Sonia also thumped the desk twice, first when the President talked of zero tolerance to violence against women and the Government’s promise to provide 33 per cent reservation to them in Parliament, and a second time when he said the Pravasi Diwas next year would mark the centenary of Mahatma Gandhi’s return from South Africa.
The members responded with the loudest response when Mukherjee articulated the Ghovernment’s commitment to clean the Ganga and ensure the return of Kashmiri Pundits “to the land of their ancestors.”
He said the Government will put the economy “back on track”, “rein in inflation, reignite the investment cycle, accelerate job creation and restore the confidence of the domestic as well as international community in our economy.” The Government will set up world class investment and industrial regions and chalk out an infrastructure development programme, including a project for launching high-speed trains. “Our long coastline will be the gateway for India’s prosperity,” he added.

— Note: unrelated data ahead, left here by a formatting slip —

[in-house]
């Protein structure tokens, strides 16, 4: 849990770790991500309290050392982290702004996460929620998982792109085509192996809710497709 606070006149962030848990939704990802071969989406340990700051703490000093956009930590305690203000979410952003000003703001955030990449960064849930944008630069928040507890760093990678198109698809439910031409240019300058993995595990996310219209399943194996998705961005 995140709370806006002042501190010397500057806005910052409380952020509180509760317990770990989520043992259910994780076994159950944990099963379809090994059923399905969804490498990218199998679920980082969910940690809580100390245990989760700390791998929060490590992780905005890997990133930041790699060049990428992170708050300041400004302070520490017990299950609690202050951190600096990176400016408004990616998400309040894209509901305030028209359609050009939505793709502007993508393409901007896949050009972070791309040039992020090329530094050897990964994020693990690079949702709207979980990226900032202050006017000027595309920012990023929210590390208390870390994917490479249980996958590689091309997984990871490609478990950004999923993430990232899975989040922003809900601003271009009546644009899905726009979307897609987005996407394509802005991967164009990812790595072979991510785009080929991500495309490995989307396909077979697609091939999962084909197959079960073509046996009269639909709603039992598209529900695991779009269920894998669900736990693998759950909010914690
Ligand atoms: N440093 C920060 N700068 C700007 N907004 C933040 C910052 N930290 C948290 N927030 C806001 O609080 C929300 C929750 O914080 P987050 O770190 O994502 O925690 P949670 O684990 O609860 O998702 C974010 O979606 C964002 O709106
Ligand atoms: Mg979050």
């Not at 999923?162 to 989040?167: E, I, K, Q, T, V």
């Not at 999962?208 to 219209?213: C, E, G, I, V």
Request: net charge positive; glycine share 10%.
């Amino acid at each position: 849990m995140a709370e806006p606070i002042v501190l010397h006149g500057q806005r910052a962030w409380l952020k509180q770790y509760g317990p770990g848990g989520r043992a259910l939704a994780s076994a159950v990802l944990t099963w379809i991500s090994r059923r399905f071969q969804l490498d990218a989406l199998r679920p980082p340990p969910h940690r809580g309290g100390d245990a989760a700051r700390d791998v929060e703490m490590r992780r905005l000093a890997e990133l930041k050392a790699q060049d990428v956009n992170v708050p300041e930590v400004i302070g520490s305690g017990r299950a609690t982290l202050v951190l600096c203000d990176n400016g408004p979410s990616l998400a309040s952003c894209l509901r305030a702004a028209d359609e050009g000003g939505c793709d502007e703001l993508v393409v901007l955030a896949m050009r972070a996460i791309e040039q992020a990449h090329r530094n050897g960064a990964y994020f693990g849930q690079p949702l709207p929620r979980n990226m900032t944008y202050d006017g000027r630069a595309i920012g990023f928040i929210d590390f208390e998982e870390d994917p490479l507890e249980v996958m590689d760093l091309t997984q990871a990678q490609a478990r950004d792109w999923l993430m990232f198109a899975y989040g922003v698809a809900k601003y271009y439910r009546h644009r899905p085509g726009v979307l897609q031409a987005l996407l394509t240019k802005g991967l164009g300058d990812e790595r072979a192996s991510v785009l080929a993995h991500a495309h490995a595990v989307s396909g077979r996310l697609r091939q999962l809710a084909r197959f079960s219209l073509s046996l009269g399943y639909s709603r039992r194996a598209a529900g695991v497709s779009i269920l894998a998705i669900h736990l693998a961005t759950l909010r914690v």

The President said a National Madrassa Modernisation Programme will be initiated to provide modern and technical education to the minorities. For scheduled castes, tribes, other backward and weaker sections, the Government will strive to create an enabling eco-system of equal opportunity in education, health and livelihood.